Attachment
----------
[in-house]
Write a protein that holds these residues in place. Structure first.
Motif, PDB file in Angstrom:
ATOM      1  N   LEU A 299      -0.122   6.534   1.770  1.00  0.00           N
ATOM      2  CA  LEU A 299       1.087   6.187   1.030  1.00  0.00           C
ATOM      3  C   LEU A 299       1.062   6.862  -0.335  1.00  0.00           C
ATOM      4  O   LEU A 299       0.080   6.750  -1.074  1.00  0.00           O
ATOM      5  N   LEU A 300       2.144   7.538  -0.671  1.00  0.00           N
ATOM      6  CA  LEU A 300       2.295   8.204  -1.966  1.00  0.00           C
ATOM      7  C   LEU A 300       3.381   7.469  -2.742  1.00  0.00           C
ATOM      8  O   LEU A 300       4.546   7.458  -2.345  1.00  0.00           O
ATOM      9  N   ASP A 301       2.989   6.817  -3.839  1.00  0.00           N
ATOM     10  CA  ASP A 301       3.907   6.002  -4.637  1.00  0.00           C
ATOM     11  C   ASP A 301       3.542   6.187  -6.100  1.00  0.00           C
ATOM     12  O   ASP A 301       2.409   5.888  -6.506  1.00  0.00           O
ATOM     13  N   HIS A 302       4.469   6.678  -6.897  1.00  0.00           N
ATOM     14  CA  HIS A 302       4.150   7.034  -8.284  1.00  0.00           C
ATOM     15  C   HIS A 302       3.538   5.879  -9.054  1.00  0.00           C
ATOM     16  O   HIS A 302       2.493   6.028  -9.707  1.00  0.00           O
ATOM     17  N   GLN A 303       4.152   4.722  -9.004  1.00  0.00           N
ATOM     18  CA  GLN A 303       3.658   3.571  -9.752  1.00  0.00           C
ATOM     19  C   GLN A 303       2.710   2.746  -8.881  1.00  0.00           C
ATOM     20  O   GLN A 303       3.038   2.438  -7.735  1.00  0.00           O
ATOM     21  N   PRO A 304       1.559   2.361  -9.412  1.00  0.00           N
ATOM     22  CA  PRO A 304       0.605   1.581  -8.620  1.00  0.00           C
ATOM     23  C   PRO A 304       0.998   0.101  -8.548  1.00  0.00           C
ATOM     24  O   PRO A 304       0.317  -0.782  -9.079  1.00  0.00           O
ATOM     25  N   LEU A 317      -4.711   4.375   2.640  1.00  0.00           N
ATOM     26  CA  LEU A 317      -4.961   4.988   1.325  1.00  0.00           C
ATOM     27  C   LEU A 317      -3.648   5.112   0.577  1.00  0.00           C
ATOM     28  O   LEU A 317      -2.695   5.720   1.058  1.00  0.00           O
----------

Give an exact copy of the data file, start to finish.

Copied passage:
[in-house]
Write a protein that holds these residues in place. Structure first.
Motif, PDB file in Angstrom:
ATOM      1  N   LEU A 299      -0.122   6.534   1.770  1.00  0.00           N
ATOM      2  CA  LEU A 299       1.087   6.187   1.030  1.00  0.00           C
ATOM      3  C   LEU A 299       1.062   6.862  -0.335  1.00  0.00           C
ATOM      4  O   LEU A 299       0.080   6.750  -1.074  1.00  0.00           O
ATOM      5  N   LEU A 300       2.144   7.538  -0.671  1.00  0.00           N
ATOM      6  CA  LEU A 300       2.295   8.204  -1.966  1.00  0.00           C
ATOM      7  C   LEU A 300       3.381   7.469  -2.742  1.00  0.00           C
ATOM      8  O   LEU A 300       4.546   7.458  -2.345  1.00  0.00           O
ATOM      9  N   ASP A 301       2.989   6.817  -3.839  1.00  0.00           N
ATOM     10  CA  ASP A 301       3.907   6.002  -4.637  1.00  0.00           C
ATOM     11  C   ASP A 301       3.542   6.187  -6.100  1.00  0.00           C
ATOM     12  O   ASP A 301       2.409   5.888  -6.506  1.00  0.00           O
ATOM     13  N   HIS A 302       4.469   6.678  -6.897  1.00  0.00           N
ATOM     14  CA  HIS A 302       4.150   7.034  -8.284  1.00  0.00           C
ATOM     15  C   HIS A 302       3.538   5.879  -9.054  1.00  0.00           C
ATOM     16  O   HIS A 302       2.493   6.028  -9.707  1.00  0.00           O
ATOM     17  N   GLN A 303       4.152   4.722  -9.004  1.00  0.00           N
ATOM     18  CA  GLN A 303       3.658   3.571  -9.752  1.00  0.00           C
ATOM     19  C   GLN A 303       2.710   2.746  -8.881  1.00  0.00           C
ATOM     20  O   GLN A 303       3.038   2.438  -7.735  1.00  0.00           O
ATOM     21  N   PRO A 304       1.559   2.361  -9.412  1.00  0.00           N
ATOM     22  CA  PRO A 304       0.605   1.581  -8.620  1.00  0.00           C
ATOM     23  C   PRO A 304       0.998   0.101  -8.548  1.00  0.00           C
ATOM     24  O   PRO A 304       0.317  -0.782  -9.079  1.00  0.00           O
ATOM     25  N   LEU A 317      -4.711   4.375   2.640  1.00  0.00           N
ATOM     26  CA  LEU A 317      -4.961   4.988   1.325  1.00  0.00           C
ATOM     27  C   LEU A 317      -3.648   5.112   0.577  1.00  0.00           C
ATOM     28  O   LEU A 317      -2.695   5.720   1.058  1.00  0.00           O